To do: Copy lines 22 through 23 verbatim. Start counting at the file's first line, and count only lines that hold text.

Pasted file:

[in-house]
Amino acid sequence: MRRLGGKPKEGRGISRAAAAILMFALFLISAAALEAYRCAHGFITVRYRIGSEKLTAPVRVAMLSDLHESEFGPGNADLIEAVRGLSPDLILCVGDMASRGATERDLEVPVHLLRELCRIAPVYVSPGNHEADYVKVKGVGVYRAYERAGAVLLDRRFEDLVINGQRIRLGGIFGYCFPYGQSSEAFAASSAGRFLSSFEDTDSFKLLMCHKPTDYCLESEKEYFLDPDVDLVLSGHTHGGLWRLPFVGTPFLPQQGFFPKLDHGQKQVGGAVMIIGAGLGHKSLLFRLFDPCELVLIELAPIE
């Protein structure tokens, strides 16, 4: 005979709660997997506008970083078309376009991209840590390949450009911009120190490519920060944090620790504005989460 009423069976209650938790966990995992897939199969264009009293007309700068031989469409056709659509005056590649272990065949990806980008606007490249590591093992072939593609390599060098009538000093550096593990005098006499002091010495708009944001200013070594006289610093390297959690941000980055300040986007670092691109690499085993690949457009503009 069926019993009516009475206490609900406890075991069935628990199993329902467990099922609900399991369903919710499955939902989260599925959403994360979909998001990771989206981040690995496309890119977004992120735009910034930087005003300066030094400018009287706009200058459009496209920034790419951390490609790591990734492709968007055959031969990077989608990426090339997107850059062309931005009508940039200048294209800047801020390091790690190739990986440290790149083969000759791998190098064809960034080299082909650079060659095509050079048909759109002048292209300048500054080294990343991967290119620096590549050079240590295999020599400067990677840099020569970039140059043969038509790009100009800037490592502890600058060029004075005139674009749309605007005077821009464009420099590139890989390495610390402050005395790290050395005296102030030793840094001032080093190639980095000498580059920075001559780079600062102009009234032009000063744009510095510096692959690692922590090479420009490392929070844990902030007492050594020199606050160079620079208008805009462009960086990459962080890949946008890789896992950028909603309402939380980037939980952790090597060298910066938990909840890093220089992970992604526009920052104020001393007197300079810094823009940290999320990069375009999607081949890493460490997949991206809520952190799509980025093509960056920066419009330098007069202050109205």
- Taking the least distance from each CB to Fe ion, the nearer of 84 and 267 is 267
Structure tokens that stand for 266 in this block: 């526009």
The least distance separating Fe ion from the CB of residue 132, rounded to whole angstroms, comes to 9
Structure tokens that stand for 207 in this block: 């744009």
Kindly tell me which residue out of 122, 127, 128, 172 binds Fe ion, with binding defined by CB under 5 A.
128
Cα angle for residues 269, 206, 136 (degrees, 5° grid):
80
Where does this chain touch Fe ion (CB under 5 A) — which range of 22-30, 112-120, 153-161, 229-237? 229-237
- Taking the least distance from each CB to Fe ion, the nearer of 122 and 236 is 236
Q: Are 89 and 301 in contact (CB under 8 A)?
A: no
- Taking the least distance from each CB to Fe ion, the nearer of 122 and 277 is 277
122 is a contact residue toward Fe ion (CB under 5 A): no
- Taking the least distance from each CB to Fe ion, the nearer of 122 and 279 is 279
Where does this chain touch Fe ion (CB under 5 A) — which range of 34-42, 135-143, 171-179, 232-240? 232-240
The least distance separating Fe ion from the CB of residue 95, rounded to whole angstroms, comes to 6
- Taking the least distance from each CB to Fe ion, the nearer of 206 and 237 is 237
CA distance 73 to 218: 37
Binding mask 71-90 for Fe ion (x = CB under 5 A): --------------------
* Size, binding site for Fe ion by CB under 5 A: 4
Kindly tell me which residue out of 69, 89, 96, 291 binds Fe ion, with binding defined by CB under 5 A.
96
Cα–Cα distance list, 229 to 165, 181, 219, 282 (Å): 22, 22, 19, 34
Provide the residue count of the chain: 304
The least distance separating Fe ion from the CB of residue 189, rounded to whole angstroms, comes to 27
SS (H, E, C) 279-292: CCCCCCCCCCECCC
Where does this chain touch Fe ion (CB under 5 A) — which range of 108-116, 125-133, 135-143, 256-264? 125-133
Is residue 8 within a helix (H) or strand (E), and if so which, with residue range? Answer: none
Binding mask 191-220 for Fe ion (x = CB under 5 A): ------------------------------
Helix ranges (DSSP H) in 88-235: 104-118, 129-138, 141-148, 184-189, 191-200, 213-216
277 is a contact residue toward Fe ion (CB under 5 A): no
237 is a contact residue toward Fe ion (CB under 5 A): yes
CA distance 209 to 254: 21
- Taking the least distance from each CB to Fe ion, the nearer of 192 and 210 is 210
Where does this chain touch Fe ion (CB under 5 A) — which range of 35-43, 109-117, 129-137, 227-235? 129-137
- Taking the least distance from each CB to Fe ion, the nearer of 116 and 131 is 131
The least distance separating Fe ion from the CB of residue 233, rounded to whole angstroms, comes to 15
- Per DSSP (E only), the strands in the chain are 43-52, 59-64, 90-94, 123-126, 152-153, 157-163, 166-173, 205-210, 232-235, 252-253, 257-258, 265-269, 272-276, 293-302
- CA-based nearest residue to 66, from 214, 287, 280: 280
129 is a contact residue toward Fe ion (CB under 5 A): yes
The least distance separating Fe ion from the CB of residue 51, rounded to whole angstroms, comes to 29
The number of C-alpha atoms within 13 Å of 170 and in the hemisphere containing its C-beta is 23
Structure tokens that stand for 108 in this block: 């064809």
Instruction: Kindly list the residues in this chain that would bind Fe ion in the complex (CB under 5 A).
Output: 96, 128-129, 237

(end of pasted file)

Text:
CA distance 73 to 218: 37
Binding mask 71-90 for Fe ion (x = CB under 5 A): --------------------